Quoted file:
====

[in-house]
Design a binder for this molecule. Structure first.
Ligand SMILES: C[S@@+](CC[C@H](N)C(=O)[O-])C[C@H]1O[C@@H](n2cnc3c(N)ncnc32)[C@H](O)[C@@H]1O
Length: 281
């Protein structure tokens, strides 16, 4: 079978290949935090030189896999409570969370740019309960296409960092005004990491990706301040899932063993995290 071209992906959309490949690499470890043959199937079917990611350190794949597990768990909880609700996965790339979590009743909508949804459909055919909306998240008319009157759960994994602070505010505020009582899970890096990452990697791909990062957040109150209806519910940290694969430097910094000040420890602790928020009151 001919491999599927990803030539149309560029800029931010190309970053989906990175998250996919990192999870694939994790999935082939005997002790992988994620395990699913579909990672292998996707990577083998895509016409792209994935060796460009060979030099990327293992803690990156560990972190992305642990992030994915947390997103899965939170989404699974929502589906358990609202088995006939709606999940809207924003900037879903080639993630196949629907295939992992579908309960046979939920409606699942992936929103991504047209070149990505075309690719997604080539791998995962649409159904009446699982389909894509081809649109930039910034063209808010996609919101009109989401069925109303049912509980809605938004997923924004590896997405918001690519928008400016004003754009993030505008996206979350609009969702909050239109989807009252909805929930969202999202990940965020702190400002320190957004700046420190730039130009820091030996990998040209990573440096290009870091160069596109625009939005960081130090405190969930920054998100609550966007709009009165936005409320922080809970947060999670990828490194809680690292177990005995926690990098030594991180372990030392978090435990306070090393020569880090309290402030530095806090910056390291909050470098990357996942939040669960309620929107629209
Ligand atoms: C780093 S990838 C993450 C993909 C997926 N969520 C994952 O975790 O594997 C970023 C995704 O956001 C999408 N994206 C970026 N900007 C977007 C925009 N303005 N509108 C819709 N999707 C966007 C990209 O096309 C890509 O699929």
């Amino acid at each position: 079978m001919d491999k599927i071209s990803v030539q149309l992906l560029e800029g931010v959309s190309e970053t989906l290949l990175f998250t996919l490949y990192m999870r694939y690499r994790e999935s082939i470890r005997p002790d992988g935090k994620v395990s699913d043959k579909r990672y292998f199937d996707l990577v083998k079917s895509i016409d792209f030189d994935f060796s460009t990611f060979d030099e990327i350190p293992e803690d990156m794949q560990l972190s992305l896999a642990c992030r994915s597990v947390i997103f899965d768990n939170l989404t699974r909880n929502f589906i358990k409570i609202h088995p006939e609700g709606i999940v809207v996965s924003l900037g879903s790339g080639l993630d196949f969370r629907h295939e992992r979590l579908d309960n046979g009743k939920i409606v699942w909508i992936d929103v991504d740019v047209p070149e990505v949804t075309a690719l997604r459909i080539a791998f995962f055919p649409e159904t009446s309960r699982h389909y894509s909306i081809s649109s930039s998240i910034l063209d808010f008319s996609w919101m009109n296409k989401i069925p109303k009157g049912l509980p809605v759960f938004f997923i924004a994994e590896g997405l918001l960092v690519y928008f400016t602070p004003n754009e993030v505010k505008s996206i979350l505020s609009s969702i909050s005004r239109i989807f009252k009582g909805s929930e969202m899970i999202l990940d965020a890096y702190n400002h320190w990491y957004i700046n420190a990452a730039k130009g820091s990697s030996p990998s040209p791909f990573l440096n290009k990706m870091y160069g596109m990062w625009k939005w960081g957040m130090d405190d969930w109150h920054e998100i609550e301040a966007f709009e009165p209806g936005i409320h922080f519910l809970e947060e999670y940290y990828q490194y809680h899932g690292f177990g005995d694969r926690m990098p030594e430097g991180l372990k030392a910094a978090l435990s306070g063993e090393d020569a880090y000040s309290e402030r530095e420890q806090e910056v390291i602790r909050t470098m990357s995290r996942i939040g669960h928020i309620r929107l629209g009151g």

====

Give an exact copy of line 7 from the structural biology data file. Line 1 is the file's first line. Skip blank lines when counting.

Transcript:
């Amino acid at each position: 079978m001919d491999k599927i071209s990803v030539q149309l992906l560029e800029g931010v959309s190309e970053t989906l290949l990175f998250t996919l490949y990192m999870r694939y690499r994790e999935s082939i470890r005997p002790d992988g935090k994620v395990s699913d043959k579909r990672y292998f199937d996707l990577v083998k079917s895509i016409d792209f030189d994935f060796s460009t990611f060979d030099e990327i350190p293992e803690d990156m794949q560990l972190s992305l896999a642990c992030r994915s597990v947390i997103f899965d768990n939170l989404t699974r909880n929502f589906i358990k409570i609202h088995p006939e609700g709606i999940v809207v996965s924003l900037g879903s790339g080639l993630d196949f969370r629907h295939e992992r979590l579908d309960n046979g009743k939920i409606v699942w909508i992936d929103v991504d740019v047209p070149e990505v949804t075309a690719l997604r459909i080539a791998f995962f055919p649409e159904t009446s309960r699982h389909y894509s909306i081809s649109s930039s998240i910034l063209d808010f008319s996609w919101m009109n296409k989401i069925p109303k009157g049912l509980p809605v759960f938004f997923i924004a994994e590896g997405l918001l960092v690519y928008f400016t602070p004003n754009e993030v505010k505008s996206i979350l505020s609009s969702i909050s005004r239109i989807f009252k009582g909805s929930e969202m899970i999202l990940d965020a890096y702190n400002h320190w990491y957004i700046n420190a990452a730039k130009g820091s990697s030996p990998s040209p791909f990573l440096n290009k990706m870091y160069g596109m990062w625009k939005w960081g957040m130090d405190d969930w109150h920054e998100i609550e301040a966007f709009e009165p209806g936005i409320h922080f519910l809970e947060e999670y940290y990828q490194y809680h899932g690292f177990g005995d694969r926690m990098p030594e430097g991180l372990k030392a910094a978090l435990s306070g063993e090393d020569a880090y000040s309290e402030r530095e420890q806090e910056v390291i602790r909050t470098m990357s995290r996942i939040g669960h928020i309620r929107l629209g009151g």